First the flags came, and then the candles, old veterans clinging to the patriotic colors while young students held their hands around the flickering flame that was to symbolize memories of horrors passed, but not forgotten.
Each year, the community gathers in City Hall to mark Yom Hashoah, or Holocaust Remembrance Day, which is an annual event usually held around the anniversary of the Warsaw Uprising in 1943.
The historic event becomes more important each year as those with living memories of the Nazis’ atrocities pass away, and the community seeks to pass along these tales of outrage with the hope that future generations will keep it from happening again.
Of dozens that once lived in the area with a living memory of the horrors of that time, only four still live in Bayonne: Luba Woloski, Katie Berces, Regina Resnick, and Sally Friedman, all of whom returned again this year to continue to effort to keep the memory alive.
Bayonne, according Dr. Joseph Ryan, who served as moderator for this year’s ceremony, is one of the few places where this event is held in a municipal council chambers.
Held this year on April 17, the event featured guest speaker Fanya Heller, a survivor of the Holocaust, who recounted her story in book called “Love in a World of Sorrow: A Teenage Girl’s Holocaust Memoir.”
Heller is a Holocaust survivor, author and educator who survived the horrors of the Holocaust by hiding from the Nazis with the help of two Christian rescuers. Her life story was designed to help those who suffered through discrimination and the horrors of war. Born in a small Ukrainian village in 1924, she and her family hid from Nazi death squads with help. Nearly always hungry and marked for death, they were constantly in fear of discovery.
More than a decade-old tradition in Bayonne
The Jewish community enacts this gathering to remember those that suffered, those that fought, and those that died during the worst act of mass genocide in modern history.
Each year, members of the Bayonne community come together to sing, pray, and recall the horrors inflicted on the Jewish people and other victims. The ceremony has been held in the municipal building since 1979, and is part of a worldwide effort to remind the general public of the systematic slaughter of six million Jews and five million others.
The Holocaust was the systematic, bureaucratic, state-sponsored persecution and murder of Europe’s Jews by the Nazi regime and its collaborators. Also targeted were gypsies, the handicapped, some Slavic people, communists, socialists, Jehovah’s Witnesses, and homosexuals. Yet of all those targeted, Jews suffered the most extreme loss of life, with nearly two out of every three European Jews murdered by the end of World War II.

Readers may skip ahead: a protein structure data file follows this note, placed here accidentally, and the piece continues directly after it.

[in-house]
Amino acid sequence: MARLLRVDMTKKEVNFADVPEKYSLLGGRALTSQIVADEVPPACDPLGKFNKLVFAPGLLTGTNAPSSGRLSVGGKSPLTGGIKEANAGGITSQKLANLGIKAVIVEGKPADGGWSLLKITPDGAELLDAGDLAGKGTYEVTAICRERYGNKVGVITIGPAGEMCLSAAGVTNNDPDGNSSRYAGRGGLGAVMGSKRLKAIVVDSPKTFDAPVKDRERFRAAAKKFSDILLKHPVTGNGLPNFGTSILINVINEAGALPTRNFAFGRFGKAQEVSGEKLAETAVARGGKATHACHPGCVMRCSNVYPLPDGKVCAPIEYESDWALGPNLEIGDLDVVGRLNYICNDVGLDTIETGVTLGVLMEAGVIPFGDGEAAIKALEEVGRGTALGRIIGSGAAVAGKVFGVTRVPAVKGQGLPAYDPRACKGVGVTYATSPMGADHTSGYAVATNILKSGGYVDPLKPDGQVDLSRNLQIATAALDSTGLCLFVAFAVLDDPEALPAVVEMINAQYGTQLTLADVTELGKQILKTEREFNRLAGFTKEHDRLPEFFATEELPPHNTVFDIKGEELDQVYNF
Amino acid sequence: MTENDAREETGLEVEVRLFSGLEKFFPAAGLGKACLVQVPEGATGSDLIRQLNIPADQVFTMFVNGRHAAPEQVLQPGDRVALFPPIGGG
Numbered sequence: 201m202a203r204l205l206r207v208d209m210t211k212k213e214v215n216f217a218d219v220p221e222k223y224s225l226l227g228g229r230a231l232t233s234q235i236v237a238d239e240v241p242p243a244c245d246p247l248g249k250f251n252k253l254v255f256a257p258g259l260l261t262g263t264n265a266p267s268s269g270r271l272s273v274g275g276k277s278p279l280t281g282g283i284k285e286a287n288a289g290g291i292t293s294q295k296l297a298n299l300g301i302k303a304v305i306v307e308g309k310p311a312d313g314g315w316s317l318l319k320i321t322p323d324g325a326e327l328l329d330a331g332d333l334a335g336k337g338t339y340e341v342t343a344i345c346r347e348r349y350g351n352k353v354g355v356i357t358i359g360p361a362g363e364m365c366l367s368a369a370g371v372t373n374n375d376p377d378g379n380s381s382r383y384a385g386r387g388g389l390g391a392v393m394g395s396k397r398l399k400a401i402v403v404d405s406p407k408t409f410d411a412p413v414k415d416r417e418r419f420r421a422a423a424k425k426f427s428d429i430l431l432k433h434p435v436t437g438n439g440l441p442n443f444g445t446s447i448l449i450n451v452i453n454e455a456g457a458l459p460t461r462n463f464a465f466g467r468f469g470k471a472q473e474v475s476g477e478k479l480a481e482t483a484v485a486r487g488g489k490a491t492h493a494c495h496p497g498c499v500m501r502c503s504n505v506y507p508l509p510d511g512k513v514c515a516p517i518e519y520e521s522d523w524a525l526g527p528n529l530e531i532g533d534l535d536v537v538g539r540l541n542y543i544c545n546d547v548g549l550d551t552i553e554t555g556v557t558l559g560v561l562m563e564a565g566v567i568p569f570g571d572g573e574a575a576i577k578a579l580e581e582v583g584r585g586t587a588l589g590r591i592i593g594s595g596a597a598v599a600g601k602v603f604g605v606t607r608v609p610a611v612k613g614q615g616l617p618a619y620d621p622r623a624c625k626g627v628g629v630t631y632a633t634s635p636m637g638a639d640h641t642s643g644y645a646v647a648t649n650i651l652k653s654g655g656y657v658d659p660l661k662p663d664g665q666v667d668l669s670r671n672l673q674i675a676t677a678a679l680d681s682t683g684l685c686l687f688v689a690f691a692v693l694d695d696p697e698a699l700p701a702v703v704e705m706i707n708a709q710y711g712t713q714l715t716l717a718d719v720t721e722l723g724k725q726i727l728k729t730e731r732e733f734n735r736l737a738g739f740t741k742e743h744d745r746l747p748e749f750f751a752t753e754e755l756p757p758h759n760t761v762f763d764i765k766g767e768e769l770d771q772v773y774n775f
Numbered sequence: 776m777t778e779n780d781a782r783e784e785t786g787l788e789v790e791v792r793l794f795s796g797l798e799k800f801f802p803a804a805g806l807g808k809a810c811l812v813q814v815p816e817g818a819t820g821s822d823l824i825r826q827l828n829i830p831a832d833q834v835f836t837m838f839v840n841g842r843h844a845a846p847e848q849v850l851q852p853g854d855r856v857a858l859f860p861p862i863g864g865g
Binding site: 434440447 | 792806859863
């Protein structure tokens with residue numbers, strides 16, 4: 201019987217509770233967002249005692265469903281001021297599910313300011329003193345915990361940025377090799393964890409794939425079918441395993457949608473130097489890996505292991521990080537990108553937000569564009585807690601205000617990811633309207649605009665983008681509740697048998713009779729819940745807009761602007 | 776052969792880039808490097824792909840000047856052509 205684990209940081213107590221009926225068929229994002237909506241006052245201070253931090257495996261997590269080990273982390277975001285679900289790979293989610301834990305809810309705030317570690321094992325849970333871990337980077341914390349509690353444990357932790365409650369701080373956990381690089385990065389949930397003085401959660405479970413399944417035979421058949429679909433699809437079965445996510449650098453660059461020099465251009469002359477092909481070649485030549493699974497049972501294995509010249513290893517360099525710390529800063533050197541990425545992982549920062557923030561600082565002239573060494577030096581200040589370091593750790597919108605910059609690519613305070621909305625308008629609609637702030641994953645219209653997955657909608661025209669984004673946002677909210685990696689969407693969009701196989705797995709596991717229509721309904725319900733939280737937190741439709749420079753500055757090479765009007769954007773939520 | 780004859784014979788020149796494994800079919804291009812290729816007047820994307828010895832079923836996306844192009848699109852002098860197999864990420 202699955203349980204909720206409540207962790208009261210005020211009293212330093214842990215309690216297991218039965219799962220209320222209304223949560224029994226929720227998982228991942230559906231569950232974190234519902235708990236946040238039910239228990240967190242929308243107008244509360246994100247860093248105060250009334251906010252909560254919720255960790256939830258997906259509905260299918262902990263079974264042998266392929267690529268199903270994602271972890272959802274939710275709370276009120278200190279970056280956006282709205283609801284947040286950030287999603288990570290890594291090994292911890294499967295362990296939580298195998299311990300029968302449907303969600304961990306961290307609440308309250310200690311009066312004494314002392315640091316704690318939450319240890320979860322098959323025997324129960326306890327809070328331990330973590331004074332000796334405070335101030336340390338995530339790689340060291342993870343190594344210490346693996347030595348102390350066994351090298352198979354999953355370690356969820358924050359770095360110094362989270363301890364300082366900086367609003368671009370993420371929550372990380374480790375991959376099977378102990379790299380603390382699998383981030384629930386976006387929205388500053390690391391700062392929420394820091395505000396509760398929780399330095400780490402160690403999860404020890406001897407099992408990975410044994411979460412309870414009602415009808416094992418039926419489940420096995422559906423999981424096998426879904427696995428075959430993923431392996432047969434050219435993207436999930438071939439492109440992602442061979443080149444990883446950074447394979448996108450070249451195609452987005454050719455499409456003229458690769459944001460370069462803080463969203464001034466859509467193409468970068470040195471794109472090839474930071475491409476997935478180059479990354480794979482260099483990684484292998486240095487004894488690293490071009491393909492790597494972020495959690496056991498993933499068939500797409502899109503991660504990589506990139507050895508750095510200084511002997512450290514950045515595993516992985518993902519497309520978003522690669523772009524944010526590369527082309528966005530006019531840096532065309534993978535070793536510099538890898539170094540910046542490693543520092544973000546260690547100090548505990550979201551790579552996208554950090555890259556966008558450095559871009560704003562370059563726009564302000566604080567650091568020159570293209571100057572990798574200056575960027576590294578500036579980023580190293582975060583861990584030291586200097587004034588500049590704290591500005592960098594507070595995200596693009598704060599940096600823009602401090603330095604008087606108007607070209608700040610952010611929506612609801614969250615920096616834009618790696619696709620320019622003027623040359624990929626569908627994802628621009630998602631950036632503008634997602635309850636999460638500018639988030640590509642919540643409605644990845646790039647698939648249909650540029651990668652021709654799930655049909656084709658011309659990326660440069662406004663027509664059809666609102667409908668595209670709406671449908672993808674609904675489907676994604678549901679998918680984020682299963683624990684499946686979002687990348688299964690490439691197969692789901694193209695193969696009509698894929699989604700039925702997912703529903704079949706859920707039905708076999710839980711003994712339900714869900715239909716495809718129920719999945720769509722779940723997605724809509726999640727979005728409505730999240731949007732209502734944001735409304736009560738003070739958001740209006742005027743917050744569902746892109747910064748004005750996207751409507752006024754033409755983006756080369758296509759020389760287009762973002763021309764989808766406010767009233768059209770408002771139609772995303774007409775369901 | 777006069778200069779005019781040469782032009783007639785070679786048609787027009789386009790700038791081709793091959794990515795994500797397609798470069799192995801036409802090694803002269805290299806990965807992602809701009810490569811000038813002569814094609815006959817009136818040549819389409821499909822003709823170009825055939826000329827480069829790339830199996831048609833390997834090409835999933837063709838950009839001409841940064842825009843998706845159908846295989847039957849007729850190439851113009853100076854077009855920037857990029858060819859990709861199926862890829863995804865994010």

Although the Jewish community recognizes the Holocaust as beginning with the rise of Adolph Hitler as the dictator of the Third Reich in 1932, the mass murder began in March 1942.
When the killing ended, those who survived were released from concentration camps and came out of hiding. Vowing to keep the memory alive for future generations, the Jewish community established Yom Hashoah.
“We are not just here to immortalize those who perished, but also how to understand how frail democracy is.” – Mayor Mark Smith
The Rev. Rose Choen Hassan said the theme for Yom Hashoah this year was “Choosing to Act,” recalling the stories of rescue. She said many of the people who aided victims of the Holocaust were ordinary people who did heroic things.
“Many rescuers did not see themselves as that way,” she said, noting that people in one French village refused to accept praise for hiding 5,000 Jews.
Mayor Mark Smith said that as mayor he has no more important an obligation than to attend this event each year.
“It is a grim reminder of man’s humanity to man,” he said. “But it also reminds us what happens when no one stands up against these things.”
Smith said it is important to pass on these tales of horror to future generations and instill in the next generation the importance of remembering.
“We are not just here to immortalize those who perished, but also how to understand how frail democracy is, and how, once the Nazis did away with democracy, they started these horrors.”
Council President Terrence Ruane said he had been stationed in the Germany when he served in the U.S. military, at which time he had the opportunity to visit the death camps.
“They had a profound effect on me and stayed with me 45 years later,” he said, and also said people need to keep the memory alive.
“We are seeing few people who have memories of these things,” he said. “We must keep these memories alive.”
In her keynote speech, Heller recalled that some of the experiences and how some things made animals of civilized people, hunger driving people to do things they did not do in normal life.